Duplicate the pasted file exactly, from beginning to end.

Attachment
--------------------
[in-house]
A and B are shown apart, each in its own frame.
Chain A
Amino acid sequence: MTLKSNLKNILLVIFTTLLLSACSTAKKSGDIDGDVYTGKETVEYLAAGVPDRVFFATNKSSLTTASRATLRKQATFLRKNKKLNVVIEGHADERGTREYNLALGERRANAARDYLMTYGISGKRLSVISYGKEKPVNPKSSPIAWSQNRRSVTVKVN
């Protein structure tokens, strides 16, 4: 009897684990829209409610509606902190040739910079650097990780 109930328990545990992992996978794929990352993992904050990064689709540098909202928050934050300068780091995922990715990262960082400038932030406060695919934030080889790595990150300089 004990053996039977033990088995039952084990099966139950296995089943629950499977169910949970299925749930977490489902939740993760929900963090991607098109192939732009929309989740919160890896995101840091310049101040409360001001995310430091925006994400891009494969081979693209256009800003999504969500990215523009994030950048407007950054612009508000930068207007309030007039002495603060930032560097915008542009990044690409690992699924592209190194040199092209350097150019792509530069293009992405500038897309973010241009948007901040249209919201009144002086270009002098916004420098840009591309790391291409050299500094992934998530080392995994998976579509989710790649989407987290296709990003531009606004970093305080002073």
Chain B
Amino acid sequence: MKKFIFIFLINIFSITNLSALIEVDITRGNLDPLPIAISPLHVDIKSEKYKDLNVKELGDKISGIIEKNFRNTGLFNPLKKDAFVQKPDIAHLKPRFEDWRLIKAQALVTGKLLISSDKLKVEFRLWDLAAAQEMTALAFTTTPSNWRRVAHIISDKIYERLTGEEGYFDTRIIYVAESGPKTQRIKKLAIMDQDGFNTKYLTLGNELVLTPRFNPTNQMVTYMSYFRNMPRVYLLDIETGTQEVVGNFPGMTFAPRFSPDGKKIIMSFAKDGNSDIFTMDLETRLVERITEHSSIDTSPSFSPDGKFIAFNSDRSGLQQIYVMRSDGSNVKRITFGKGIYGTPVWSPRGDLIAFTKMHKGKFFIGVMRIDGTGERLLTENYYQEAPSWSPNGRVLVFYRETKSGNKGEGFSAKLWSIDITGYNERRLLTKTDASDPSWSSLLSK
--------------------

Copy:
[in-house]
A and B are shown apart, each in its own frame.
Chain A
Amino acid sequence: MTLKSNLKNILLVIFTTLLLSACSTAKKSGDIDGDVYTGKETVEYLAAGVPDRVFFATNKSSLTTASRATLRKQATFLRKNKKLNVVIEGHADERGTREYNLALGERRANAARDYLMTYGISGKRLSVISYGKEKPVNPKSSPIAWSQNRRSVTVKVN
């Protein structure tokens, strides 16, 4: 009897684990829209409610509606902190040739910079650097990780 109930328990545990992992996978794929990352993992904050990064689709540098909202928050934050300068780091995922990715990262960082400038932030406060695919934030080889790595990150300089 004990053996039977033990088995039952084990099966139950296995089943629950499977169910949970299925749930977490489902939740993760929900963090991607098109192939732009929309989740919160890896995101840091310049101040409360001001995310430091925006994400891009494969081979693209256009800003999504969500990215523009994030950048407007950054612009508000930068207007309030007039002495603060930032560097915008542009990044690409690992699924592209190194040199092209350097150019792509530069293009992405500038897309973010241009948007901040249209919201009144002086270009002098916004420098840009591309790391291409050299500094992934998530080392995994998976579509989710790649989407987290296709990003531009606004970093305080002073």
Chain B
Amino acid sequence: MKKFIFIFLINIFSITNLSALIEVDITRGNLDPLPIAISPLHVDIKSEKYKDLNVKELGDKISGIIEKNFRNTGLFNPLKKDAFVQKPDIAHLKPRFEDWRLIKAQALVTGKLLISSDKLKVEFRLWDLAAAQEMTALAFTTTPSNWRRVAHIISDKIYERLTGEEGYFDTRIIYVAESGPKTQRIKKLAIMDQDGFNTKYLTLGNELVLTPRFNPTNQMVTYMSYFRNMPRVYLLDIETGTQEVVGNFPGMTFAPRFSPDGKKIIMSFAKDGNSDIFTMDLETRLVERITEHSSIDTSPSFSPDGKFIAFNSDRSGLQQIYVMRSDGSNVKRITFGKGIYGTPVWSPRGDLIAFTKMHKGKFFIGVMRIDGTGERLLTENYYQEAPSWSPNGRVLVFYRETKSGNKGEGFSAKLWSIDITGYNERRLLTKTDASDPSWSSLLSK